News Column

Cyprus returns to bond markets a year after receiving bailout

June 18, 2014



Athens (Alliance News) - The government of Cyprus on Wednesday said the country has returned to international markets just over a year after turning to a multi-billion-euro bailout to save it from bankruptcy.

Cypriot President Nicos Anastasiades said the government raised 750 million euros (1.02 billion dollars) in a sale of five-year notes via banks at a price to yield of 4.75%.

The goverment said it received orders of around 2 million euros.

In a televised address, Anastasiades stressed that "today's success by no means marks the relaxation of efforts to reform and reorganize the economy."

Last week the Finance Ministry announced that it had appointed five international banks to arrange the sale, among them Deutsche Bank, Goldman Sachs International, HSBC, UBS Investment Bank and VTB Capital.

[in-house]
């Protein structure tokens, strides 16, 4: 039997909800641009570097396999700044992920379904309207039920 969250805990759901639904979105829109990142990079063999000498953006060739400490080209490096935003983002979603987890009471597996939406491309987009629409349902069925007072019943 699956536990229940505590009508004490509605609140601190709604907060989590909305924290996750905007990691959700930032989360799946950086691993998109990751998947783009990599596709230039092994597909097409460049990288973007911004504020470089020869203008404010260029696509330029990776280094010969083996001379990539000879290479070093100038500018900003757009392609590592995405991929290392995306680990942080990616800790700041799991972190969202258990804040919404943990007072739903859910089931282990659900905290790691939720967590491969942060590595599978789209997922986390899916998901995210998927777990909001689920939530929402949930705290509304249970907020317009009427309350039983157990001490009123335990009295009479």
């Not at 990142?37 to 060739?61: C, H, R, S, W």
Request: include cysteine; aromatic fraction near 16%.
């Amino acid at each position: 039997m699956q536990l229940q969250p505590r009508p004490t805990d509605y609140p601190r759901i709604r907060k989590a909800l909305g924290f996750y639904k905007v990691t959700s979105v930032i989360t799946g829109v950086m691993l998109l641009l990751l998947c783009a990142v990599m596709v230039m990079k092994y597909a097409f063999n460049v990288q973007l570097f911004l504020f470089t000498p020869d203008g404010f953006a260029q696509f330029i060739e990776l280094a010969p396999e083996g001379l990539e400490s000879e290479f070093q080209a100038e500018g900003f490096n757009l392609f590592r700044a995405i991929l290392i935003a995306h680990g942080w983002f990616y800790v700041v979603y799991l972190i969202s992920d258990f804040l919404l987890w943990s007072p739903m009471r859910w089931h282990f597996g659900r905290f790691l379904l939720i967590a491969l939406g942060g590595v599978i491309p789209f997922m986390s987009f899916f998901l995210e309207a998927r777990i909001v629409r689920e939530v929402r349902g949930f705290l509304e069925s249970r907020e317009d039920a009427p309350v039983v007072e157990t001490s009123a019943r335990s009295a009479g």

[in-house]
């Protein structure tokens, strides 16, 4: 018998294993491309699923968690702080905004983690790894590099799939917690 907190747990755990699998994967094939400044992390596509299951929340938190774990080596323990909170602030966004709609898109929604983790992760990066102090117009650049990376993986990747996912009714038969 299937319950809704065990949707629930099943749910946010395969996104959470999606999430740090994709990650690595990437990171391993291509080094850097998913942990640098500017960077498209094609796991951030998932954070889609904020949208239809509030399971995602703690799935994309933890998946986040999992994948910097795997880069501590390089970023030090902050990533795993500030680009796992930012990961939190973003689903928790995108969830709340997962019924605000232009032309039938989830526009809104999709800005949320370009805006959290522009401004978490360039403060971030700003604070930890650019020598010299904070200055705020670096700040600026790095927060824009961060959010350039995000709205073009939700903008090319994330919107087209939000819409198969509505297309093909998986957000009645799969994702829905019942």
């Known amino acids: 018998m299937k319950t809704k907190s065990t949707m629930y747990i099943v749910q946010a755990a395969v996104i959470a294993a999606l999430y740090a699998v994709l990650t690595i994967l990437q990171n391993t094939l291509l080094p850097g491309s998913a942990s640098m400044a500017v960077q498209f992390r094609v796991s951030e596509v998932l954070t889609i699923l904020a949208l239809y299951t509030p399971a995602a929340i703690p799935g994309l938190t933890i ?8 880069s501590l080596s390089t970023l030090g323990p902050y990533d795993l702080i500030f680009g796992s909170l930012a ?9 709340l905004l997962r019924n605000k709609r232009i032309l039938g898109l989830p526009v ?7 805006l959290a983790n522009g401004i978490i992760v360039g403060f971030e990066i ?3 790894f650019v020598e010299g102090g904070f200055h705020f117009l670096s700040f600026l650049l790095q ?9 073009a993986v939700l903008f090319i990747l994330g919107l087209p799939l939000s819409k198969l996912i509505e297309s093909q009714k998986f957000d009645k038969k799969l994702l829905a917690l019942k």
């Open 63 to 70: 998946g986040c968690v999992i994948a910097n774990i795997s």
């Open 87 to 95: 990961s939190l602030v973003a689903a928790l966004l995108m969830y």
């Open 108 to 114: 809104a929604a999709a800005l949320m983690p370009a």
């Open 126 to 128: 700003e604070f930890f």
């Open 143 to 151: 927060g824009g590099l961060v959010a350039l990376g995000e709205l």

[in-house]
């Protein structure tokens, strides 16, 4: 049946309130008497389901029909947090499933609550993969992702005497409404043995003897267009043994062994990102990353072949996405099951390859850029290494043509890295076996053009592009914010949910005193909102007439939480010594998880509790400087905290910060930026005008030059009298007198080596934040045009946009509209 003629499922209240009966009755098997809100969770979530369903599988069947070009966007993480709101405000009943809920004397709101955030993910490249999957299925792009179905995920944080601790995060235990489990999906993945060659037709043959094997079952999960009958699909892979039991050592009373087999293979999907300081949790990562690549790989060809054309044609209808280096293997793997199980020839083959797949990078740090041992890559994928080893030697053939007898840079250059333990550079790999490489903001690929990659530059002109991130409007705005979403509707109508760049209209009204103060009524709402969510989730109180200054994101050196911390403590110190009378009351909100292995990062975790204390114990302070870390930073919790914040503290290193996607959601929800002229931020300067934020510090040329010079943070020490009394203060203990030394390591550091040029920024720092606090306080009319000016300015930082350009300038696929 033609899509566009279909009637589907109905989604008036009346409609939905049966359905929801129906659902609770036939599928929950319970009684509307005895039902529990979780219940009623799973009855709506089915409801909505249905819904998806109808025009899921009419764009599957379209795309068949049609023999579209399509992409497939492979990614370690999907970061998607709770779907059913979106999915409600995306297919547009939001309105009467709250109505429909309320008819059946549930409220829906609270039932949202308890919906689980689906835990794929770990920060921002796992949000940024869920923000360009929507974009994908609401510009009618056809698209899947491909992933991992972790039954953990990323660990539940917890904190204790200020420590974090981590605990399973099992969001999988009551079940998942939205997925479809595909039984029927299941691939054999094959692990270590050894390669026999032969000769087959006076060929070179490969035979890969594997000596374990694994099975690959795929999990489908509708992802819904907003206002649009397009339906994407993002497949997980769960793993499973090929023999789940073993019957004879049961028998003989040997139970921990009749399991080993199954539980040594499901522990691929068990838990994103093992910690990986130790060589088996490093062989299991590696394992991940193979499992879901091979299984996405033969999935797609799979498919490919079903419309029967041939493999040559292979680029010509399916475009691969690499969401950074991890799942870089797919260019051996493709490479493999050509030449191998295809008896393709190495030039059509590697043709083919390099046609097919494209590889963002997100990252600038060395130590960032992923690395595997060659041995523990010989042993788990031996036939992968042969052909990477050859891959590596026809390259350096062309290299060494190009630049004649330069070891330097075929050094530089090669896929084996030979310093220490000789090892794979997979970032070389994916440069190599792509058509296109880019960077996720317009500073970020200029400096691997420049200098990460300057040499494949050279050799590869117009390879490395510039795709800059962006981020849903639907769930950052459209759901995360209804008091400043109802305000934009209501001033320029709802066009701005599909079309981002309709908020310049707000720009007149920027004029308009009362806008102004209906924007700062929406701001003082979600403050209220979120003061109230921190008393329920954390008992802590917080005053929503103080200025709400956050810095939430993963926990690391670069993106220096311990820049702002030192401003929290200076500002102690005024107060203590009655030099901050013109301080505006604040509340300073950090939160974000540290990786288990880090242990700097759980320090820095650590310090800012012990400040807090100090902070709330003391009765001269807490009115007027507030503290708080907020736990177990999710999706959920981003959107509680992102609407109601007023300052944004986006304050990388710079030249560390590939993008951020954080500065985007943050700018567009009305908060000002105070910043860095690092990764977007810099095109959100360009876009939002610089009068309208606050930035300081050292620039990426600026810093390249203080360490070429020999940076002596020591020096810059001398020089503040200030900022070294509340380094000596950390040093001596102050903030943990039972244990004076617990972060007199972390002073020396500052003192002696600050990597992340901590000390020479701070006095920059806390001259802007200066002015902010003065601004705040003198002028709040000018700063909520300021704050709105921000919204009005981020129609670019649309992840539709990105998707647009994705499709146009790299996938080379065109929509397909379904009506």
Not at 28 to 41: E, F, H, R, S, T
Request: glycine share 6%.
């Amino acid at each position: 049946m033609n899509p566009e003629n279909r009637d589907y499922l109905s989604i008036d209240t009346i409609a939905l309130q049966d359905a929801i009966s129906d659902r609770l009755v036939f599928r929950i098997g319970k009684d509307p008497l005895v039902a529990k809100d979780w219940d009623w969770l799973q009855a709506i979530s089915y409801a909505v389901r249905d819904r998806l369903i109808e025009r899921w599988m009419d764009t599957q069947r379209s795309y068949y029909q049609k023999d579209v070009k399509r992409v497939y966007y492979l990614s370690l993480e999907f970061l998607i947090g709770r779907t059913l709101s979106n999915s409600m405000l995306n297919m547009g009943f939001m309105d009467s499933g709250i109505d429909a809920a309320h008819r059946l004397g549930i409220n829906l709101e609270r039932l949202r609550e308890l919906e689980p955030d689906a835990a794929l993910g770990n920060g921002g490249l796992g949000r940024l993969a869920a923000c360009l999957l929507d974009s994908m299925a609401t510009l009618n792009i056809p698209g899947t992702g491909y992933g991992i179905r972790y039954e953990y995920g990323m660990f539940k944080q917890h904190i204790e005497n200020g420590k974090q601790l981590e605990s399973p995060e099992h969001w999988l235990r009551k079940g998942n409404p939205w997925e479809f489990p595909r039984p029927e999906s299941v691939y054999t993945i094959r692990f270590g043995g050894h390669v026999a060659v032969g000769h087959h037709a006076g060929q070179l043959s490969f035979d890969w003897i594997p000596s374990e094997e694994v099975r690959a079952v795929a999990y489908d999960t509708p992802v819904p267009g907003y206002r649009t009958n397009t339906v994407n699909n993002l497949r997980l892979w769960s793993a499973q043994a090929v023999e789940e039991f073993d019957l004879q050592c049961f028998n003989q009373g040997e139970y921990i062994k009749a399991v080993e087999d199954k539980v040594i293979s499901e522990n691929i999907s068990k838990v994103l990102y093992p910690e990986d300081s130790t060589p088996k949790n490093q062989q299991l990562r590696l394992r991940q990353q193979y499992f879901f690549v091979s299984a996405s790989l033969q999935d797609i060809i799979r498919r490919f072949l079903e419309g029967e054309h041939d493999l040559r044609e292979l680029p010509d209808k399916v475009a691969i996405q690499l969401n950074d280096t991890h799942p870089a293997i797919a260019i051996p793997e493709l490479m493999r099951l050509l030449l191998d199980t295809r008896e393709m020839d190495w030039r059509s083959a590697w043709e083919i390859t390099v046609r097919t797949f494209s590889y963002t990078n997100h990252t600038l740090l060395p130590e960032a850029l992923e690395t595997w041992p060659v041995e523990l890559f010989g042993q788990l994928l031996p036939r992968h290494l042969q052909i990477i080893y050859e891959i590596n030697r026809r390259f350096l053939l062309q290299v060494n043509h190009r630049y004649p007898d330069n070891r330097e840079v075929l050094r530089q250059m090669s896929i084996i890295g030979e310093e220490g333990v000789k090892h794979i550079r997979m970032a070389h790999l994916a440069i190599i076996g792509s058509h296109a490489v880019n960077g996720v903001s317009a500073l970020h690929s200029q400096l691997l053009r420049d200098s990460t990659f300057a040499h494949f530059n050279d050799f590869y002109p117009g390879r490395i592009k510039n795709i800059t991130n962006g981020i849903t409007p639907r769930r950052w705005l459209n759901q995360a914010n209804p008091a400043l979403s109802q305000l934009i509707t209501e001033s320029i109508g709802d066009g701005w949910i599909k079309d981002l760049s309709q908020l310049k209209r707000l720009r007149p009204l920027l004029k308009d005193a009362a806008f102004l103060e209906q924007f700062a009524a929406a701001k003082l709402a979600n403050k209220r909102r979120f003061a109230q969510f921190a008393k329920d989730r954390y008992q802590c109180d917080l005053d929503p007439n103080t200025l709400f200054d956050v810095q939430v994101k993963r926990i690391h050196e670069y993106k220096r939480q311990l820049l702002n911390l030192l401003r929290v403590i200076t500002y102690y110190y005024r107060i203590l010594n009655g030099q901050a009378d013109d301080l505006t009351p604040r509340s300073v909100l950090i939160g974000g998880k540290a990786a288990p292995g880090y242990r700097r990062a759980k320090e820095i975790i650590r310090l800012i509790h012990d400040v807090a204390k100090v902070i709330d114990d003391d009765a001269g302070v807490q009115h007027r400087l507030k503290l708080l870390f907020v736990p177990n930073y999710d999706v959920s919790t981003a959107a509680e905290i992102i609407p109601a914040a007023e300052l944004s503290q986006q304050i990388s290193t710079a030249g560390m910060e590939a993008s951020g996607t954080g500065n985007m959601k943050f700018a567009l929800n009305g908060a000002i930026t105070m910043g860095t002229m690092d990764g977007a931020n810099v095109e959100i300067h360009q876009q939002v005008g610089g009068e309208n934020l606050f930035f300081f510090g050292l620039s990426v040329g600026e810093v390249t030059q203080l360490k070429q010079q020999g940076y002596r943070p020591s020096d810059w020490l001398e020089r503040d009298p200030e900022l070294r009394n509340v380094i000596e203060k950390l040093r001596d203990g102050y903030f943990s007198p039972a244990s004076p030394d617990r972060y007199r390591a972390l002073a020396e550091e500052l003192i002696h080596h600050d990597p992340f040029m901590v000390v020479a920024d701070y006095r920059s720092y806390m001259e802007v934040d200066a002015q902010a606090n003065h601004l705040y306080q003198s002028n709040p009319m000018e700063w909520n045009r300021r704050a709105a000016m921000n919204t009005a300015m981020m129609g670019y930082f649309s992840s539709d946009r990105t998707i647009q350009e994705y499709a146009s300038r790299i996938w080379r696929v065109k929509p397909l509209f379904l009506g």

Based on the island's international adjustment programme, it had been set to return to the markets in late 2015 or early 2016.

Cyprus sold a 100-million-euro private placement back in April at an interest rate of 6.5%. The bond was sold to an overseas investor and was seen as an initial test for a potential public bond market return.

Nicosia has been shut out from international bond markets since May 2011 due to a rise in yields on its benchmark bonds. Yields have since fallen from 14 to 5%.

Unlike other eurozone countries, the condition attached to Cyprus' bailout was a haircut - or "bail in" - on bank savings.

Under the bailout programme agreed in March 2013, large depositors in the Bank of Cyprus and Laiki Bank were forced to take considerable losses as a condition for Cyprus receiving 10 billion euros from the EU and the International Monetary Fund (IMF).

The programme foresees covering the island's financial needs until the first quarter of 2016, but some 3 billion euros of debt will be coming due over the 18 months after the programme ends.



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Source: Alliance News


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